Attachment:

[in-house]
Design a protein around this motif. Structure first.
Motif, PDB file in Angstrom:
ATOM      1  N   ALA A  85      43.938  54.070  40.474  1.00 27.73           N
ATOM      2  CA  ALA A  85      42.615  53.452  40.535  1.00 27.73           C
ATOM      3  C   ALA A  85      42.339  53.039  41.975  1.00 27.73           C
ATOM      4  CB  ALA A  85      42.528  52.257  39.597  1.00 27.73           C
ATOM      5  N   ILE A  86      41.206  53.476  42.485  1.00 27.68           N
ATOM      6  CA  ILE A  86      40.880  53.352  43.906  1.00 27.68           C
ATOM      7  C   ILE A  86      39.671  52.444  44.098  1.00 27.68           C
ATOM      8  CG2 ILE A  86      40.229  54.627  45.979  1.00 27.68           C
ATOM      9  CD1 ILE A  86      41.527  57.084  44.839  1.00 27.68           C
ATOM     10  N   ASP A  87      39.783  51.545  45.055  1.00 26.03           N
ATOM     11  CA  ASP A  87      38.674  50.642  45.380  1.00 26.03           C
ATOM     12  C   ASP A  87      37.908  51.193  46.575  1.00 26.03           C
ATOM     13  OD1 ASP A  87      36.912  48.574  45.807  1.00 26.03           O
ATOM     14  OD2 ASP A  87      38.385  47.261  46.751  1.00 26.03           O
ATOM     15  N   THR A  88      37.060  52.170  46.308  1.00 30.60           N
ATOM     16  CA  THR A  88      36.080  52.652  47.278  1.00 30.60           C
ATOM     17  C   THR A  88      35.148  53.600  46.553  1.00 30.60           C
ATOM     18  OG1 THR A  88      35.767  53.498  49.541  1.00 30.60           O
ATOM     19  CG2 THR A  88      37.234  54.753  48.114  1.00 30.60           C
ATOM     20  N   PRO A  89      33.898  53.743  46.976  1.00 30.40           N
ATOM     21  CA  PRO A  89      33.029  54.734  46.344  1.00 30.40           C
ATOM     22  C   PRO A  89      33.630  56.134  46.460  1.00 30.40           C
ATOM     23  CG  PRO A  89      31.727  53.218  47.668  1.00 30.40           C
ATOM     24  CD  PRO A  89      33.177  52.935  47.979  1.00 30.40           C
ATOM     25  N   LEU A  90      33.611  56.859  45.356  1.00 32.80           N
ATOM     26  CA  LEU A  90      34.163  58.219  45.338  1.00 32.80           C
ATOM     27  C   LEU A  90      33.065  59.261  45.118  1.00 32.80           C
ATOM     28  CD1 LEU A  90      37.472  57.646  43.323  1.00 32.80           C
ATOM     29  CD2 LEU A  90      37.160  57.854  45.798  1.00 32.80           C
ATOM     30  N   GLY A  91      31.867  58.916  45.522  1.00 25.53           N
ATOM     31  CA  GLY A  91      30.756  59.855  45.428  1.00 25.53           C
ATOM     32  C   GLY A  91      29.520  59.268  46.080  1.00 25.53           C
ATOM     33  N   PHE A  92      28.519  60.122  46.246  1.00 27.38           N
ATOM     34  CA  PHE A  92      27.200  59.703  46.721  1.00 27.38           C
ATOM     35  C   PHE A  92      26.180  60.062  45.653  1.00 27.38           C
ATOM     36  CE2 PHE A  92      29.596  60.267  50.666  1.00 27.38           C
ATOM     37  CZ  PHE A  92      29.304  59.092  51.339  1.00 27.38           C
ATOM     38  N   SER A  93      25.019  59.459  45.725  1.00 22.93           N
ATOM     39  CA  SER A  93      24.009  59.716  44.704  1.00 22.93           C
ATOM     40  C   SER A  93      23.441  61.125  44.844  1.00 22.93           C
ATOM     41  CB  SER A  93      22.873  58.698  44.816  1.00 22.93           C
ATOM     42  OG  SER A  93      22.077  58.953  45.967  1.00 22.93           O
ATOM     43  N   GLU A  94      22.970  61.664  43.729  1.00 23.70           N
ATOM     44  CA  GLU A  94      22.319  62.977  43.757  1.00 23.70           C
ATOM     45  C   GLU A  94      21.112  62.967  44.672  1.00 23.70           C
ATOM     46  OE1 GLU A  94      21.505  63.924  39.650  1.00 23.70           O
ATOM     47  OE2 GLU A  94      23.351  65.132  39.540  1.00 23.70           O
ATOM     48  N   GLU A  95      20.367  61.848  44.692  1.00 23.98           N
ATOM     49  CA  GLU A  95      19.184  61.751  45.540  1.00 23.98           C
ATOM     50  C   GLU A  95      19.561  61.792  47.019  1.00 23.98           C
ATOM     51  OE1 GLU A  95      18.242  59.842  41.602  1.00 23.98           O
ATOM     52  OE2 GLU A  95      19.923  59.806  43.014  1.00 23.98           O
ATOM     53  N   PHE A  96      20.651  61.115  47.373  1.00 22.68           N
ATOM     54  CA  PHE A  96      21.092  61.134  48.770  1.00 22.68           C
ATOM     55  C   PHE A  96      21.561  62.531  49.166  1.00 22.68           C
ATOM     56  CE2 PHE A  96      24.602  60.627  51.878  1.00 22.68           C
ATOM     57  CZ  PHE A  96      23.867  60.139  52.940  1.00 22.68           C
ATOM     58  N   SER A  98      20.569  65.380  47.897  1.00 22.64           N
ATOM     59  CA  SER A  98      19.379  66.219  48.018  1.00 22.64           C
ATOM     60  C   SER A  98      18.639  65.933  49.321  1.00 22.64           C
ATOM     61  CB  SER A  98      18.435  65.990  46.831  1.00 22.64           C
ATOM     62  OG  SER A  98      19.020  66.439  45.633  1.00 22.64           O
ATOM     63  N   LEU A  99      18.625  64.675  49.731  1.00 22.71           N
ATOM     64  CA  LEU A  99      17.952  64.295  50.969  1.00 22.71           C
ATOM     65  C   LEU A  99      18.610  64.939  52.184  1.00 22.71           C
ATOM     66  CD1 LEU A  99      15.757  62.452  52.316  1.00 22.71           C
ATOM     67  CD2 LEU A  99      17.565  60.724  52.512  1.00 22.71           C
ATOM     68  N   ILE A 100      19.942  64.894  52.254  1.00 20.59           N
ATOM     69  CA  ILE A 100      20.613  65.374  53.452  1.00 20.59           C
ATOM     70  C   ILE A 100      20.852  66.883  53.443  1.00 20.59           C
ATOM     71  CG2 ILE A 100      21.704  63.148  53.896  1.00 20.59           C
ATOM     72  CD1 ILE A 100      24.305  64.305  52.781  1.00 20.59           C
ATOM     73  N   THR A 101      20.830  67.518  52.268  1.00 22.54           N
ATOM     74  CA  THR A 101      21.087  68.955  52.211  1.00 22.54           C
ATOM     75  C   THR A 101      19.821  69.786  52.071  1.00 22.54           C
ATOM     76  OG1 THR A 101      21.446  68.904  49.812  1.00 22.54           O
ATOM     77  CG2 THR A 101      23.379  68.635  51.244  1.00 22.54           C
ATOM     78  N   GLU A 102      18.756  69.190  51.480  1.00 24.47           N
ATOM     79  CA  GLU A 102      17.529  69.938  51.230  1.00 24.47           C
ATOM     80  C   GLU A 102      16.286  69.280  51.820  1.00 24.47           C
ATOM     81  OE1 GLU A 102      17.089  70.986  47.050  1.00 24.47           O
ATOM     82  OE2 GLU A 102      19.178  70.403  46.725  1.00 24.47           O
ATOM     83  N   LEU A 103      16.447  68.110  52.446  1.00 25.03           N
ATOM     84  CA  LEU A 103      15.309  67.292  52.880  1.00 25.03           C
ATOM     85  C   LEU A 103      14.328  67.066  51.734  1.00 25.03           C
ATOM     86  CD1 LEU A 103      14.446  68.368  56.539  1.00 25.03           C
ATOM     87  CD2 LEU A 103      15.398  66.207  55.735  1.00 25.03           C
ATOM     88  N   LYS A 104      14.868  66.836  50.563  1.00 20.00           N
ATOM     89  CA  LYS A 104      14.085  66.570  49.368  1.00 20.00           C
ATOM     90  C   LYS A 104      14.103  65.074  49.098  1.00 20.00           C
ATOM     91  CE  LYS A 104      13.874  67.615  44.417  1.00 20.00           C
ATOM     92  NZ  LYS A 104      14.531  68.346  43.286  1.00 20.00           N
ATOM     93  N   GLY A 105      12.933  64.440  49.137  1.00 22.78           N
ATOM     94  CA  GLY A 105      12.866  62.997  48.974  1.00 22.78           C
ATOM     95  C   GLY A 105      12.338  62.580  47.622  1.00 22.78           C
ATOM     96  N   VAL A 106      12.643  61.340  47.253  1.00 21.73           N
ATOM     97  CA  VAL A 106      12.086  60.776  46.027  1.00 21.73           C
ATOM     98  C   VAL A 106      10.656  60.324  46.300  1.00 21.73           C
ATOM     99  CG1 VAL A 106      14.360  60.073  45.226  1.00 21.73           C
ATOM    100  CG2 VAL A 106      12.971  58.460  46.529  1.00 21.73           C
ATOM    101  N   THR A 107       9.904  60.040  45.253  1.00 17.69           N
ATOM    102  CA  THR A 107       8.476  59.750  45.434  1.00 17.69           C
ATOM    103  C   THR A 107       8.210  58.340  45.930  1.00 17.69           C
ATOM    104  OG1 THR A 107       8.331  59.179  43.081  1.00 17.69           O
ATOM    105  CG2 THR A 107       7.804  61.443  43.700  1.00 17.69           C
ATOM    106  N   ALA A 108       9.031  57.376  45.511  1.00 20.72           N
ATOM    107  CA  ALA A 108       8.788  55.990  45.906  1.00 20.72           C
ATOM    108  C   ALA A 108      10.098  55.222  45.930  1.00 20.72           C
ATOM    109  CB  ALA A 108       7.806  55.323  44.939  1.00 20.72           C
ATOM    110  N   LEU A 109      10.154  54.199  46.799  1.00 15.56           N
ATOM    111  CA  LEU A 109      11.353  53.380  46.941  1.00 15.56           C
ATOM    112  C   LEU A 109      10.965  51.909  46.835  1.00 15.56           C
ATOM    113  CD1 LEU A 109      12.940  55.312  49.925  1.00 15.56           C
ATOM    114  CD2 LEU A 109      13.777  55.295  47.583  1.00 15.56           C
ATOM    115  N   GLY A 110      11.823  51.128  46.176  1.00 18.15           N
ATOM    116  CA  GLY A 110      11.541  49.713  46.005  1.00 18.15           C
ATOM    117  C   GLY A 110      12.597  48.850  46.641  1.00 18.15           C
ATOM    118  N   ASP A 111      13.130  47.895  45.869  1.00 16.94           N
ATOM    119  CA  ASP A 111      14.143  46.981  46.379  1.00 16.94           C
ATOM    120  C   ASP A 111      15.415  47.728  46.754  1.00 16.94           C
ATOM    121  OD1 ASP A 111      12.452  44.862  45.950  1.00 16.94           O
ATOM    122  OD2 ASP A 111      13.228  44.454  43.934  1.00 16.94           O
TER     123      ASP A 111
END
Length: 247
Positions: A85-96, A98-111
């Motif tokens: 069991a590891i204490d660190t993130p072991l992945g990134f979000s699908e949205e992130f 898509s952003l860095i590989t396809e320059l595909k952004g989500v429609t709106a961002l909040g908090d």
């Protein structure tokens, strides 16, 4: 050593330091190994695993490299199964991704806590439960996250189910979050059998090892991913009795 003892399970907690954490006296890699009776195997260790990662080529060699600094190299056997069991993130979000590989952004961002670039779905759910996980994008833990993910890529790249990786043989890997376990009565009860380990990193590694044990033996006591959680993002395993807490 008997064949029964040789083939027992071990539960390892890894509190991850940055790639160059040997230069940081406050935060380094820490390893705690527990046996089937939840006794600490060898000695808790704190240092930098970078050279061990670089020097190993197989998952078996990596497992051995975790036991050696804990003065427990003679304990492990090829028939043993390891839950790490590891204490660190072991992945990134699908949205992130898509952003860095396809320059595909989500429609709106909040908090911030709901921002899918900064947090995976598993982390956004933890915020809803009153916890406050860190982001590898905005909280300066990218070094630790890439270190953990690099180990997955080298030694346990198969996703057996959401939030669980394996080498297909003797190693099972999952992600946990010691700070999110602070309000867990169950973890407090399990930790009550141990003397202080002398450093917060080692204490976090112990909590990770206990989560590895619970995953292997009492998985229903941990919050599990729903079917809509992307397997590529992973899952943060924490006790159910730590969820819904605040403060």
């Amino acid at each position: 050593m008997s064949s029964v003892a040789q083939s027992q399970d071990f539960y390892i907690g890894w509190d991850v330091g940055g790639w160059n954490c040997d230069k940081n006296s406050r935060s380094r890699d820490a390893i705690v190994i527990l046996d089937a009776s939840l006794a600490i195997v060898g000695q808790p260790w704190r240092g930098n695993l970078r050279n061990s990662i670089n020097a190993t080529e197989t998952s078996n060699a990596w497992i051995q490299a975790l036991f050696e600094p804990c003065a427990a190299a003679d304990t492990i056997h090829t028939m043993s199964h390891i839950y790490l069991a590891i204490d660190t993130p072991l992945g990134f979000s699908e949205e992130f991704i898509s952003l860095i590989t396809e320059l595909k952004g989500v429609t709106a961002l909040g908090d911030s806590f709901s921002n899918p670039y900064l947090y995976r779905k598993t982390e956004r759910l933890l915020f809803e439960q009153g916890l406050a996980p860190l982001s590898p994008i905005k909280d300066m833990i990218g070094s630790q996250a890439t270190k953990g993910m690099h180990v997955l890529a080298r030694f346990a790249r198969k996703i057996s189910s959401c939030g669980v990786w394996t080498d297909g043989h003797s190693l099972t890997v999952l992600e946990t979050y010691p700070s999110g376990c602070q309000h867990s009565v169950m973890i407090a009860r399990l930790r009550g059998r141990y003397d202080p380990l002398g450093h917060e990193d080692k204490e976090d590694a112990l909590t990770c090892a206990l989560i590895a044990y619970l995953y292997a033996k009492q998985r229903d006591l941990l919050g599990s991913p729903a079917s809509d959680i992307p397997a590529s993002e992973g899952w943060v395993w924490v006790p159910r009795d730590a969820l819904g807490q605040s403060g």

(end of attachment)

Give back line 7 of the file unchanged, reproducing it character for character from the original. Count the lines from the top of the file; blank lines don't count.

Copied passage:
ATOM      4  CB  ALA A  85      42.528  52.257  39.597  1.00 27.73           C